Washington — Drawing decorating inspiration from America’s founding documents, Jill Biden chose a “We the People” theme to deck the White House halls and to remind Americans of what unites them throughout the year, especially during the holidays.
The first lady unveiled the transformational work of a small army of volunteer decorators during an event at the White House on Monday. Journalists were given a sneak peek earlier in the day.
As part of Joining Forces, her White House initiative to support military families, Biden was joined by National Guard leaders from across the country, as well as National Guard families. Her late son, Beau Biden, was a major in the Delaware Army National Guard.
“I’ve seen it everywhere I’ve gone. When our country comes together, we are stronger,” she said. “What we share is so much greater than the things that pull us apart. The soul of our nation is, and has always been, ‘we the people.'”
The decorations include more than 83,000 twinkling lights on trees, garlands, wreaths and other displays, 77 Christmas trees and 25 wreaths on the exterior of the executive mansion.
A copy of the Declaration of Independence is on display in the library, while the always-show-stopping gingerbread White House includes a sugar cookie replica of Philadelphia’s Independence Hall, where the Constitution and Declaration of Independence were signed. The Constitution opens with the phrase, “We the People.”
A new addition this year is a menorah, used in Jewish worship, that was built by White House carpenters from wood that was removed during a Truman-era renovation. The menorah is located on the State Floor.
Some 50,000 visitors are expected to pass through the White House during the holidays, including tourists and guests invited to various receptions. Among them will be French President Emmanuel Macron, who is scheduled to meet with President Biden on Thursday and be honored that evening at a White House state dinner, the first of the Biden administration.
More than 150 volunteers began decorating the interior and the exterior of the White House last week and continued through the Thanksgiving holiday. Planning began in the spring.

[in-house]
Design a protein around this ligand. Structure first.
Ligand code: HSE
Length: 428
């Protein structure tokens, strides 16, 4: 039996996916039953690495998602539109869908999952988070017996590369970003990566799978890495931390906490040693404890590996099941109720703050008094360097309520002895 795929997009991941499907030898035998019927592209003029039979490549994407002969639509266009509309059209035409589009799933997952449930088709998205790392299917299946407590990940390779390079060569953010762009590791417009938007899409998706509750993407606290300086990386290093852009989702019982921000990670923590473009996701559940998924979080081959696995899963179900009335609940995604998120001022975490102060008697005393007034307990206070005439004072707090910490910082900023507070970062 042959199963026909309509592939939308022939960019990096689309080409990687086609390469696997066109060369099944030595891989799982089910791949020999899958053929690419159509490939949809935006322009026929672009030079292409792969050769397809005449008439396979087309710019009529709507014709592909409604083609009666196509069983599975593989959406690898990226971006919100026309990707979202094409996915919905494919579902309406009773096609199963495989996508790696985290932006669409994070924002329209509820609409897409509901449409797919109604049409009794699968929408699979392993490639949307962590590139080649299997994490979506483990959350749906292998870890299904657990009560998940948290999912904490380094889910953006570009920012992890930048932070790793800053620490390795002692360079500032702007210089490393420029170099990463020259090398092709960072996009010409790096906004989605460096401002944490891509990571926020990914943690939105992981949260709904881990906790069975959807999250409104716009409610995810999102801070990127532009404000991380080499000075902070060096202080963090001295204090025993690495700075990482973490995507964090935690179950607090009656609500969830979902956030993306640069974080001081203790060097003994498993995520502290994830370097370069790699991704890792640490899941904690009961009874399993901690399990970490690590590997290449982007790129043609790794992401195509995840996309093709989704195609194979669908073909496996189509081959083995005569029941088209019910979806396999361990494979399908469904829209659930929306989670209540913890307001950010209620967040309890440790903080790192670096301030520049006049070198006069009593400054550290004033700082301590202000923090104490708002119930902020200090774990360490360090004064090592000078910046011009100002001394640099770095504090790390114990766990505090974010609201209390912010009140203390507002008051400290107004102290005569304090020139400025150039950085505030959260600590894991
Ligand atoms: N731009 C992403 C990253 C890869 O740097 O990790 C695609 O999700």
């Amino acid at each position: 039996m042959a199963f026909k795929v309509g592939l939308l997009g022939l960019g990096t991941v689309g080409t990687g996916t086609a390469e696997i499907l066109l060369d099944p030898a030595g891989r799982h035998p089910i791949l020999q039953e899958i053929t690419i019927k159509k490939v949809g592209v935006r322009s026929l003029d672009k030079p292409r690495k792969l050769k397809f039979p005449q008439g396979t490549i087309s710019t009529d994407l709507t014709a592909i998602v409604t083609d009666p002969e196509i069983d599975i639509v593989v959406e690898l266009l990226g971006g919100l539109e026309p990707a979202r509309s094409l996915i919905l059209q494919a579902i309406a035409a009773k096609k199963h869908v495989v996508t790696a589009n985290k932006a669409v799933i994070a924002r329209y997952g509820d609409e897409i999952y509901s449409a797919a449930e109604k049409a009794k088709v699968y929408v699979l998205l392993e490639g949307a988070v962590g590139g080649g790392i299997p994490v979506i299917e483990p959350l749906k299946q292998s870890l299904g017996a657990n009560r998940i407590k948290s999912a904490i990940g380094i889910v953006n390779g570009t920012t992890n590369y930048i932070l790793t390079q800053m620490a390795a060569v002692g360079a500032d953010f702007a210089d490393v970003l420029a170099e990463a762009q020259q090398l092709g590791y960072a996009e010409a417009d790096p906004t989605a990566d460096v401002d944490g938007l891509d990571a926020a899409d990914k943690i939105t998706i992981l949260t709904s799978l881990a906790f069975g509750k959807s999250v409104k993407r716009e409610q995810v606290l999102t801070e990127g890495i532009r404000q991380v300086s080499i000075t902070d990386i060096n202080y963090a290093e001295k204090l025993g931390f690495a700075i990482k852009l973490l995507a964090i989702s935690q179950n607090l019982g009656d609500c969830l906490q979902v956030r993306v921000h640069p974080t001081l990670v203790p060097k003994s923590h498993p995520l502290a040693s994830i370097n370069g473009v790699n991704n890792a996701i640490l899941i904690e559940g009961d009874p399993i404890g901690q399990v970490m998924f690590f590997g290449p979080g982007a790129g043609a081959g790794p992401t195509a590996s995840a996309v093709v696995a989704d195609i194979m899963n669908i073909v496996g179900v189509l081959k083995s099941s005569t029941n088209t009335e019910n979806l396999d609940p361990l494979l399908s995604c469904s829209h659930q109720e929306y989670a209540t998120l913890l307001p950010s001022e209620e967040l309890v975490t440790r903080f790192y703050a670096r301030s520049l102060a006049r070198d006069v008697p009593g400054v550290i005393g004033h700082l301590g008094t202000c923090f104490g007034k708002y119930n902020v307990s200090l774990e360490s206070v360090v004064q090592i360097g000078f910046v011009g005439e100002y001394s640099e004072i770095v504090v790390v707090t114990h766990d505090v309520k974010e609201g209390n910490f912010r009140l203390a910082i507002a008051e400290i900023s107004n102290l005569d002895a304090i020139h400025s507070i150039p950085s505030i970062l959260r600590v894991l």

Illustrations of the family pets — dog Commander and cat Willow — can be found in the Vermeil Room, where the décor represents different ways of showing kindness and gratitude.
Groupings of snowy trees fill corners of the East Room, which reflects nature and recreation. Four well-known national parks are depicted on the fireplace mantels: Grand Canyon, Yellowstone, Great Smoky Mountains and Shenandoah.
In the Blue Room, the official White House Christmas tree — an 18 1/2-foot Concolor fir from Auburn, Pennsylvania — is decorated to represent unity and hope with handmade renderings of the official birds from all 57 territories, states and the District of Columbia.
The State Dining Room is dedicated to the next generation — children — and trees there are decorated with ornaments that are self-portraits of the students of the 2021 Teachers of the Year, “ensuring that children see themselves” in the décor, the White House said.
Hanging from the fireplace in the State Dining Room are the Biden family Christmas stockings.
The gingerbread White House was made using 20 sheets of sugar cookie dough, 30 sheets of gingerbread dough, 100 pounds of pastillage, 30 pounds of chocolate and 40 pounds of royal icing.
“We the People” are celebrated in the Grand Foyer and Cross Hall on the State Floor, where metal ribbons also are inscribed with the names of all the states, territories and the District of Columbia.
“Mirrored ornaments and reflective surfaces ensure that visitors can see themselves in the décor, noting that the strength of our country — the Soul of our Nation — comes from ‘We the People,'” the White House said.
The White House noted that the holiday guide book visitors will receive was designed this year by Las Vegas-based Daria Peoples, who is Black. Peoples is a former elementary school teacher who has written and illustrated a series of picture books to support children of color, including those who have experienced race-based trauma.
Kristin Brown contributed reporting.